How to Plant & Grow

Gladioli Corms & Bulbs

Also known as Sword lilies, Gladioli never fail to provide a show-stopping display in the summer garden for months on end. 

What We've Included

How Supplied   |   When to Plant   |    How to Plant   |   Where to plant   |   When will they flower   |   

After Care   |   Common Issues   |   Inspiration

How Supplied

We supply our Gladioli as both corms and bulbs. They’re very similar, especially when it comes to planting. With a bit of help and advice, you will soon become a Gladioli gardening genius. 


Our bulbs will be delivered fresh and healthy. There should be firm, not soft. Some bulbs may arrive with slight mould patches, but this is completely normal and can be brushed off. If you suspect that your bulbs are faulty, do not hesitate to get in touch. 


Once your bulbs arrive, take them out of their packaging (including bags) and lay them out on newspaper so they can breathe. This is so they don’t excessively sweat in their containers, ruining the bulbs. Leave somewhere cool and dry until it’s time to plant them.

When to Plant

Our Gladioli bulbs and corms will be delivered fresh and healthy.

They should be firm, not soft. Some may arrive with slight mould patches, but this is completely normal and can be brushed off. If you suspect that your bulbs are faulty, do not hesitate to get in touch. 
For the best results, plant them in spring, usually from March onwards. Gladiolus corms and bulbs can be grown directly outdoors into borders and containers, ensuring the soil is well-drained and moist.  
If you wanted to pot them on before planting them outside, putting them in small pots from late February to April is key.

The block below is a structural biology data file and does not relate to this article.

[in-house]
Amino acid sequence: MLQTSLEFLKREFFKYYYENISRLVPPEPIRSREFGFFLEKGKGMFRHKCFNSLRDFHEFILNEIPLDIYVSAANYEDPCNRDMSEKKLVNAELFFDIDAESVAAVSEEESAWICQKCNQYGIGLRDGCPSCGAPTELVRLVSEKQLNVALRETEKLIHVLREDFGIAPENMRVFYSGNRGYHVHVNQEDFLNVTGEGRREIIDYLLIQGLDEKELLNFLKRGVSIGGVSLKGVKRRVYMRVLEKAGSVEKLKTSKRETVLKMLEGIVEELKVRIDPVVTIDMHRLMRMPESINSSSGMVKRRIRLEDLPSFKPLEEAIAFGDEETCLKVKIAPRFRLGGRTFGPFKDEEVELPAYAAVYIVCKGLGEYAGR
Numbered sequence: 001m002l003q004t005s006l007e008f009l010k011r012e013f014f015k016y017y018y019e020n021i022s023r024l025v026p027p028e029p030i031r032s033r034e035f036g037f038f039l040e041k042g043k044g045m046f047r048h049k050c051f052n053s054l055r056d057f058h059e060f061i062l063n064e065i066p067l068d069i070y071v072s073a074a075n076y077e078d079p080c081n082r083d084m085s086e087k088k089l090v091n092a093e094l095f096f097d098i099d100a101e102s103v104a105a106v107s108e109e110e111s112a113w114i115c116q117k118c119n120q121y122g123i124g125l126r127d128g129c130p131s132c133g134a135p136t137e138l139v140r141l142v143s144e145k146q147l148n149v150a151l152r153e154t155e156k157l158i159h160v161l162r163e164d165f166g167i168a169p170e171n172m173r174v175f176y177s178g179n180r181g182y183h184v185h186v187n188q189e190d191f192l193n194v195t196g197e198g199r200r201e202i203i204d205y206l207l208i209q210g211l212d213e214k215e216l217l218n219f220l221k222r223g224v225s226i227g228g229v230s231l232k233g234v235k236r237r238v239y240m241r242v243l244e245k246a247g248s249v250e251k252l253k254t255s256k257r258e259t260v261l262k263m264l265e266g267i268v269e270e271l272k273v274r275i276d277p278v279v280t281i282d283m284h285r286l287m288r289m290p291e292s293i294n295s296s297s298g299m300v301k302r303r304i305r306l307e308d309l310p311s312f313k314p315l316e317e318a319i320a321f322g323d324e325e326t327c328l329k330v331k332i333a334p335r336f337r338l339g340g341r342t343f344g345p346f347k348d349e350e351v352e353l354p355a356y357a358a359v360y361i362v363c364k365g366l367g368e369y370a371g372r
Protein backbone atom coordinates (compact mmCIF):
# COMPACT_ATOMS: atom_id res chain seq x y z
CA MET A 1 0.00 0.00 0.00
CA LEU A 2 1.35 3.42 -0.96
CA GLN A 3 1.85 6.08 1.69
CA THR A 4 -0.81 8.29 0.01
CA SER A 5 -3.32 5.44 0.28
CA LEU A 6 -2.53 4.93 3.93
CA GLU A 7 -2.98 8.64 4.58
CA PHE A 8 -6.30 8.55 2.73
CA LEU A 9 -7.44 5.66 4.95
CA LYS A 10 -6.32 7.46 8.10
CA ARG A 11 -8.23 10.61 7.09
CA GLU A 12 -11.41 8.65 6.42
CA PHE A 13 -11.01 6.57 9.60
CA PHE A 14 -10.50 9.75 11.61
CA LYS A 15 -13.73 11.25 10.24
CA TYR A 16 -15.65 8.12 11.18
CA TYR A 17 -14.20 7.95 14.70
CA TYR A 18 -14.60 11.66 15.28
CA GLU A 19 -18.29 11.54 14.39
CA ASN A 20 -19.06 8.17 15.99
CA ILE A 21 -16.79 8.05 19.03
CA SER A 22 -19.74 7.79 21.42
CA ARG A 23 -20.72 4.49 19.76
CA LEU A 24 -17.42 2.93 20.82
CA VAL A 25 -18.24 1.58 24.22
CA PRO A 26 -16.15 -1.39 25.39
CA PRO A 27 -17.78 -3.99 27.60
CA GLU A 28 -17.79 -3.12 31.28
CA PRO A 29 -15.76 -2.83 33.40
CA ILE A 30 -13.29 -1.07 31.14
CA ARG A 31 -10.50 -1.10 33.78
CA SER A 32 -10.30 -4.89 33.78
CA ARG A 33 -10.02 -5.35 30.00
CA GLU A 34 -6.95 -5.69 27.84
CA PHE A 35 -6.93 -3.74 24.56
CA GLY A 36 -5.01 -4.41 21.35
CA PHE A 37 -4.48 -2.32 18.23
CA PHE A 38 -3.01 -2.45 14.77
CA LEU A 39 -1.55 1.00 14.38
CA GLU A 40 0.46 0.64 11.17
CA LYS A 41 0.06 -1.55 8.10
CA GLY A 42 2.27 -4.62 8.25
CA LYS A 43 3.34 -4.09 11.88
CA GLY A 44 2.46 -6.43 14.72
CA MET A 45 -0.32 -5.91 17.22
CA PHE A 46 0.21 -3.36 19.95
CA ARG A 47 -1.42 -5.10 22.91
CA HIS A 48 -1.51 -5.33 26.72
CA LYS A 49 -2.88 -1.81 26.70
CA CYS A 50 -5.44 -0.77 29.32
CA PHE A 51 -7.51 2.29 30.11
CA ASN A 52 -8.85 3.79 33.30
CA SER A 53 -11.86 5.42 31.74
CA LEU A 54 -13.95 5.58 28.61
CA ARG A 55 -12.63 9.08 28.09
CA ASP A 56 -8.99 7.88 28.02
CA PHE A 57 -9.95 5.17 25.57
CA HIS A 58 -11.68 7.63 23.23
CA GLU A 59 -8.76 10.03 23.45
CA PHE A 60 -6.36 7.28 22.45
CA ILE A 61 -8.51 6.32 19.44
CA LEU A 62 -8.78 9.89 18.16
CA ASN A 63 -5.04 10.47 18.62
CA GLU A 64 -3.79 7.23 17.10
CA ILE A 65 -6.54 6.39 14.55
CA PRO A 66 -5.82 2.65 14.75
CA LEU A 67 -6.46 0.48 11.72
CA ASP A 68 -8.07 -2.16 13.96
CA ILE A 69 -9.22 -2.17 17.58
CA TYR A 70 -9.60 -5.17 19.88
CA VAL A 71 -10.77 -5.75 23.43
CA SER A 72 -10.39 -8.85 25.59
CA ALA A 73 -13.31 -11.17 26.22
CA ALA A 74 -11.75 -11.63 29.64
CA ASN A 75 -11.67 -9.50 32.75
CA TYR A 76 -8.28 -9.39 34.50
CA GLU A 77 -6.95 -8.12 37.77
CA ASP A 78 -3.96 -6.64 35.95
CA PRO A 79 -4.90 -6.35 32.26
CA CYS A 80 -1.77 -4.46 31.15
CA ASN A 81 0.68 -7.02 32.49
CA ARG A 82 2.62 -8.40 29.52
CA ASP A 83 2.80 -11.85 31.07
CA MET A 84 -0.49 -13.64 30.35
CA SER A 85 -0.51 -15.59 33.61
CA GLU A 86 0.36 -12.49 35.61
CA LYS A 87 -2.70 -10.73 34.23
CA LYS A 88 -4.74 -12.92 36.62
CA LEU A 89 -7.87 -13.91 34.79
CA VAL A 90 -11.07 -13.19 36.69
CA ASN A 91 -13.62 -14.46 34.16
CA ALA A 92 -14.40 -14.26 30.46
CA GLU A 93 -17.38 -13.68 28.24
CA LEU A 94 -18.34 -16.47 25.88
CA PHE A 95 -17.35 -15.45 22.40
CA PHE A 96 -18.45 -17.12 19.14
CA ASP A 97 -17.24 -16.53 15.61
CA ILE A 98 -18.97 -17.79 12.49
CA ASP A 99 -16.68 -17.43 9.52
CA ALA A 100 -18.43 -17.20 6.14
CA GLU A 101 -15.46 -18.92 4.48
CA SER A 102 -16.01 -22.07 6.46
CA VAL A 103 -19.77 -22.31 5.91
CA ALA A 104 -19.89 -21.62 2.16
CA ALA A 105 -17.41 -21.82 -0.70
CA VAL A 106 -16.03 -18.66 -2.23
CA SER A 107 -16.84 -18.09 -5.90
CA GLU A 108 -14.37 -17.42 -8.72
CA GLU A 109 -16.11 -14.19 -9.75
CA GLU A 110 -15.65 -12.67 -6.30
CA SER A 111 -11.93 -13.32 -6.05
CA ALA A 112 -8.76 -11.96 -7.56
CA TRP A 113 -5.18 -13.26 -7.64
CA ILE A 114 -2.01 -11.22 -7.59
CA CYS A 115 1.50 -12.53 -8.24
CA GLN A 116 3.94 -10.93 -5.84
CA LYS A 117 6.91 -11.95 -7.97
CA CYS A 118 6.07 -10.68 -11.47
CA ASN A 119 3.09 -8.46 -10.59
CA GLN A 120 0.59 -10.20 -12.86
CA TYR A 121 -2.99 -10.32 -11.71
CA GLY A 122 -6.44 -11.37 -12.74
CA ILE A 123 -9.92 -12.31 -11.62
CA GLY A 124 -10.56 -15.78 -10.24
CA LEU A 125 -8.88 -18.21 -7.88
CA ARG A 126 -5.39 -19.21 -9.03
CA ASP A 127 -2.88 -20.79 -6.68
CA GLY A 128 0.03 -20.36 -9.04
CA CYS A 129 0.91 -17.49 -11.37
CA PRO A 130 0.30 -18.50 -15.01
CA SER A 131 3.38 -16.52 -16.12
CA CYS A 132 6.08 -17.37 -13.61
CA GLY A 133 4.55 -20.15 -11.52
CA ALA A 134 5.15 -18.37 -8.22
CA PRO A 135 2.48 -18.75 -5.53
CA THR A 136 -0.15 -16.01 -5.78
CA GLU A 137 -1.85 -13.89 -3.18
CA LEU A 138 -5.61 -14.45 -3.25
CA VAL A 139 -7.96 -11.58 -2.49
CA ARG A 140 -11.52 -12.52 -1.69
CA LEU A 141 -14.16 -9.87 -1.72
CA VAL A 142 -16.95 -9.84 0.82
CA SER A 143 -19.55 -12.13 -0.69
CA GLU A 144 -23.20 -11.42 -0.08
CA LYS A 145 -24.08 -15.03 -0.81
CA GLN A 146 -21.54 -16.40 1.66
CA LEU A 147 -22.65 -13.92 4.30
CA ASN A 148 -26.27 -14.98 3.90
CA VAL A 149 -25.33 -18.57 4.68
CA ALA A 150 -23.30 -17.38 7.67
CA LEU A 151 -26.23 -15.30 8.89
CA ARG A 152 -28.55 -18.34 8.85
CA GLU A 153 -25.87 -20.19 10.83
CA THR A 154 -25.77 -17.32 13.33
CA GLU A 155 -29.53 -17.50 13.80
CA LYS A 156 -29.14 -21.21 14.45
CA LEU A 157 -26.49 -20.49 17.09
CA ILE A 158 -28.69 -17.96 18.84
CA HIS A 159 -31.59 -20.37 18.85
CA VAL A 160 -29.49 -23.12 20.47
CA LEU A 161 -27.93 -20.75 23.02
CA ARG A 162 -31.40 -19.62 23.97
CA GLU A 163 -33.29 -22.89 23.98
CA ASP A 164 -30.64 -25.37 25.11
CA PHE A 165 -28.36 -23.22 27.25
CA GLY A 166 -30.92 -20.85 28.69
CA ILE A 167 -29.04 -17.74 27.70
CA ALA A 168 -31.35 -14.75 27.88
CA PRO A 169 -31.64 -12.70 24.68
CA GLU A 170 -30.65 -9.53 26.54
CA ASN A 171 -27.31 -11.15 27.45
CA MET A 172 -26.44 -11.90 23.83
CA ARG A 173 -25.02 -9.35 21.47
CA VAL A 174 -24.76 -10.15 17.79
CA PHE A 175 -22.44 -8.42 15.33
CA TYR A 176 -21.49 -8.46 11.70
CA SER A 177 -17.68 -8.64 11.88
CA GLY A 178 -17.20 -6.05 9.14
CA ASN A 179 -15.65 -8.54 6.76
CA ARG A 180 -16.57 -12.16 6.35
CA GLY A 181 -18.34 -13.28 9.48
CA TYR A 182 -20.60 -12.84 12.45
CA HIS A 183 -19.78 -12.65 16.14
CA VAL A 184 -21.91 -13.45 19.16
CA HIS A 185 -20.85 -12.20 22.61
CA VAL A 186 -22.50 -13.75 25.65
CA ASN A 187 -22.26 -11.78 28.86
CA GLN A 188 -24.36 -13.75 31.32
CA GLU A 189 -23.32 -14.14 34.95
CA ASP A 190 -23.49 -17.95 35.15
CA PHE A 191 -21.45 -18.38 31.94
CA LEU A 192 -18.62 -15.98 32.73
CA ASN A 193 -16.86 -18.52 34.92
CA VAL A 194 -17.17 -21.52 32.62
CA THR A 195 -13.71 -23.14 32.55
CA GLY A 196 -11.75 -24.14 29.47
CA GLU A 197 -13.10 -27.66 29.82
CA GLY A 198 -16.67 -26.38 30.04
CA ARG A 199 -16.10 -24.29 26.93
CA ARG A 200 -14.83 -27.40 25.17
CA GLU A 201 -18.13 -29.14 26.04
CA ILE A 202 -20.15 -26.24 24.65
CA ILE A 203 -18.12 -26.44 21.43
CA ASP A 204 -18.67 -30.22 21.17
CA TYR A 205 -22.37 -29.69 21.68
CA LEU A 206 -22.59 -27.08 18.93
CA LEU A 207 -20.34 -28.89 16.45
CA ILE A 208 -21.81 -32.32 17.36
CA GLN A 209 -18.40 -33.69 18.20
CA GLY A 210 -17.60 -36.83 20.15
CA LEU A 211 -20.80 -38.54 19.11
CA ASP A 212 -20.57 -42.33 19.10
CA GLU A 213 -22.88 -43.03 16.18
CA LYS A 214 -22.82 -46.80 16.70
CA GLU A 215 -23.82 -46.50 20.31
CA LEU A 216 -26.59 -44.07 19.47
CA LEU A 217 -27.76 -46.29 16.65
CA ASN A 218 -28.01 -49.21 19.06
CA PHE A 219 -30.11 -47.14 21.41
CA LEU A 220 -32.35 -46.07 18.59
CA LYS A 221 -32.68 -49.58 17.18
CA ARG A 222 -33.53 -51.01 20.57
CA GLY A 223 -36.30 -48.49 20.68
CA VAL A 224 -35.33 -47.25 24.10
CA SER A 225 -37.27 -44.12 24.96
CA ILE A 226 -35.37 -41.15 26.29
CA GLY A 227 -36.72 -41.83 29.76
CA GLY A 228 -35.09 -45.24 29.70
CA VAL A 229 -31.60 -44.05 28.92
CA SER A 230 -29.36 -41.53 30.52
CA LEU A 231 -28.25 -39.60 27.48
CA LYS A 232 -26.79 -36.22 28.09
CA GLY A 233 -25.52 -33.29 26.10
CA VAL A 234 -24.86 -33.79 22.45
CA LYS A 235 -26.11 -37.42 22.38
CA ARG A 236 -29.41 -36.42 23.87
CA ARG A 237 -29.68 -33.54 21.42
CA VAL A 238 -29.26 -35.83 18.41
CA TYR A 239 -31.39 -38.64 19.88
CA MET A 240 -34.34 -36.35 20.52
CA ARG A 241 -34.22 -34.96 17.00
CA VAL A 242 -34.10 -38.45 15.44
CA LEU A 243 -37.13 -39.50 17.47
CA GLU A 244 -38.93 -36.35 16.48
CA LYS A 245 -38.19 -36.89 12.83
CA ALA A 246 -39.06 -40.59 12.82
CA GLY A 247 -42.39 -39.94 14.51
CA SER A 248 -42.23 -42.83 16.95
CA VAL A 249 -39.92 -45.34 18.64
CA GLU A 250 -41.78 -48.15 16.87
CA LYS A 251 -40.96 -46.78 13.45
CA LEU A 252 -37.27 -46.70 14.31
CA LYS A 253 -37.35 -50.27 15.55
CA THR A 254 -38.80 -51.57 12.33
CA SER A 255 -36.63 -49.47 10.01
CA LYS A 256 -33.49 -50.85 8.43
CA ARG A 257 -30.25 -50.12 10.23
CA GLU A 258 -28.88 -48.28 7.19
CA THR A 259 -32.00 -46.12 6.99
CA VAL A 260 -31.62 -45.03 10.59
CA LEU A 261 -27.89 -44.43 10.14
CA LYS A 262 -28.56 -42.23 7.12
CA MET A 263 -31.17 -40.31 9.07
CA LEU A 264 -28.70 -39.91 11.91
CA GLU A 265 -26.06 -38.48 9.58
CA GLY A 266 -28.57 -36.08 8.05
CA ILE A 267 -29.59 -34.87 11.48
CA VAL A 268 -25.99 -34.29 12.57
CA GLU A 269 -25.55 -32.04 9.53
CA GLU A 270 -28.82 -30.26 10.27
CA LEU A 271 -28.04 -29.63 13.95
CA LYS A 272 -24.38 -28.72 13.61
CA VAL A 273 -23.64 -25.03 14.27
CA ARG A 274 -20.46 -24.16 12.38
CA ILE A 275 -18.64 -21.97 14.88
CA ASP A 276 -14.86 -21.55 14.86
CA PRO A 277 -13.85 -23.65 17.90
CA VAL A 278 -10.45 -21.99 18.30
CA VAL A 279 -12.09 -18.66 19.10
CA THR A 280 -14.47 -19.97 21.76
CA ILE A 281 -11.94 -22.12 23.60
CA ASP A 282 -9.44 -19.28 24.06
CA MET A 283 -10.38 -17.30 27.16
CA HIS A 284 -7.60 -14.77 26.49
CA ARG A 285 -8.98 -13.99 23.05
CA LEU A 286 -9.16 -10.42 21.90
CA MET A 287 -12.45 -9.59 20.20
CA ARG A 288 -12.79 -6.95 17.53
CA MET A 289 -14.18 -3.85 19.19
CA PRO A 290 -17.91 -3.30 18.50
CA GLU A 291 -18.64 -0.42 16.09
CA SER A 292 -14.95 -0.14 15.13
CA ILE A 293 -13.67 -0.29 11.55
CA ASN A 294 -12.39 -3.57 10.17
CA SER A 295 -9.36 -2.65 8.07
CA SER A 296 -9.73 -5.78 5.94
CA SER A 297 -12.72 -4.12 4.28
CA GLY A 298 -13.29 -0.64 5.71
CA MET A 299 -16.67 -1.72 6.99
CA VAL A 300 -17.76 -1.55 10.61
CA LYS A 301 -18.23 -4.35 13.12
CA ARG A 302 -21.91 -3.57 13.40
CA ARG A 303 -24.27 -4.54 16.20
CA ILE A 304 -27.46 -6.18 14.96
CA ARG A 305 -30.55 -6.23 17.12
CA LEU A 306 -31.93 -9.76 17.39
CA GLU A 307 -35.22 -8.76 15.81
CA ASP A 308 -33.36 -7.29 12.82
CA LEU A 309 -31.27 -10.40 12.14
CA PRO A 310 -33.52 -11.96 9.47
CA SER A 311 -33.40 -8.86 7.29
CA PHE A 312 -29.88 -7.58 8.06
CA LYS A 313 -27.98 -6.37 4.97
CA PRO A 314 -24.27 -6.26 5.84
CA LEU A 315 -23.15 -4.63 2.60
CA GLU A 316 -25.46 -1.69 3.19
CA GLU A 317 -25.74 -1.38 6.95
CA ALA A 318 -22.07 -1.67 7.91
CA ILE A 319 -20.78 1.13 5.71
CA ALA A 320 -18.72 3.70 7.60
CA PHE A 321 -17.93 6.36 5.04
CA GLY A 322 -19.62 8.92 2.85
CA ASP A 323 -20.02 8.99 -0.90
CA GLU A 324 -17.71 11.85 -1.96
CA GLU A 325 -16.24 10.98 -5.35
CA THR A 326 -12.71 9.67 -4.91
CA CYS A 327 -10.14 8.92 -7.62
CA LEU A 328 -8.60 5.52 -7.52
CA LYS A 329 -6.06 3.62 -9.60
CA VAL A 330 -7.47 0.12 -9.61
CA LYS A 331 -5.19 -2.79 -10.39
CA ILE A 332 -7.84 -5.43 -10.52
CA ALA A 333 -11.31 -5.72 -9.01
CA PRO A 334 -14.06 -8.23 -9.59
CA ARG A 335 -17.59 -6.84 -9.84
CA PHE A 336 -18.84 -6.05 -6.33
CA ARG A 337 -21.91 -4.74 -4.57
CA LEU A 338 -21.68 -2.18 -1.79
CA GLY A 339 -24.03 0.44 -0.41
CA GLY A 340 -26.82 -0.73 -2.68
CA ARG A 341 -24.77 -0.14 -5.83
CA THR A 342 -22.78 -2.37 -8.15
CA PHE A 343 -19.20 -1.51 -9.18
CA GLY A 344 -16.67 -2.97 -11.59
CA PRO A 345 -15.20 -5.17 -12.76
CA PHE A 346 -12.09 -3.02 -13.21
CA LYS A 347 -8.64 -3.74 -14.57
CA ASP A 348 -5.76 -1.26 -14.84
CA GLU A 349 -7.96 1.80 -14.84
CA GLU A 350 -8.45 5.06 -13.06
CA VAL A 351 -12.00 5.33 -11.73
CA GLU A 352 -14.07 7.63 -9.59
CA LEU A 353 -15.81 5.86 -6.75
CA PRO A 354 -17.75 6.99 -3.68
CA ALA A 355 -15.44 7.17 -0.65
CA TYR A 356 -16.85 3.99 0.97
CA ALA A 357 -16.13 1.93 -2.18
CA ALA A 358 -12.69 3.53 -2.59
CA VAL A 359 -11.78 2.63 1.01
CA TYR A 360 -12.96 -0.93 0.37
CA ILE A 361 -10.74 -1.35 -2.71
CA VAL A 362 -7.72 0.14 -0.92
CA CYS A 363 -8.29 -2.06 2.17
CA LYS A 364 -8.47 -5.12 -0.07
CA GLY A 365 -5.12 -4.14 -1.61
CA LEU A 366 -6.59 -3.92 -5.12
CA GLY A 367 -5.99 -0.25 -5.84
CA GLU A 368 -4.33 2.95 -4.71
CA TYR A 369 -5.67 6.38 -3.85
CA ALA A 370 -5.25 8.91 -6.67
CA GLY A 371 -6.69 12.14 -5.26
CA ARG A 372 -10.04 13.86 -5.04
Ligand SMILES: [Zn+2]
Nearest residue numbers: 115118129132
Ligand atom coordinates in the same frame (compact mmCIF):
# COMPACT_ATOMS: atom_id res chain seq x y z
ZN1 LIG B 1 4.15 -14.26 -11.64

How to Plant 


1. Dig a hole that’s wide enough to fit the bulb/corm comfortably, and at least 2-3 times their depth. If planting in groups, dig a trench instead of individual holes at the same depth.  
2. You can add bonemeal and horticultural grit (or spent compost) to the bottom of the hole. This will help them to grow healthily.  
3. Pop each bulb/corm into their holes, pointed side up. Space them twice their width apart.  
4. Cover with soil and pat down. 
If you’re not too fussy about potting your bulbs and corms on, you can wait until April/May to plant them directly outside. Ensure the soil is covered with mulch to keep them warm before they appear in the summer.


1. Fill the pot with any multi-purpose compost until you’ve reached its halfway point.  
2. As a rule of thumb, bulbs and corms should be planted about 20cm from the top of the pot.  
3. Place your bulbs on top of the soil, about 5cm apart.  
4. Cover with the compost to the top of the pot. Break up any lumps as you go.  
5. Gently press the soil so that it’s nice and flat.  
6. You can place your pot on feet to allow the moisture from the pot to escape more freely.

Where to Plant 

Position your Gladioli plants in areas that reach plenty of sunlight, whether that be in a sunny border or container at the end of the garden or on the patio. As they were natives of the warm weather in the Mediterranean, sunshine is a necessity for them to thrive.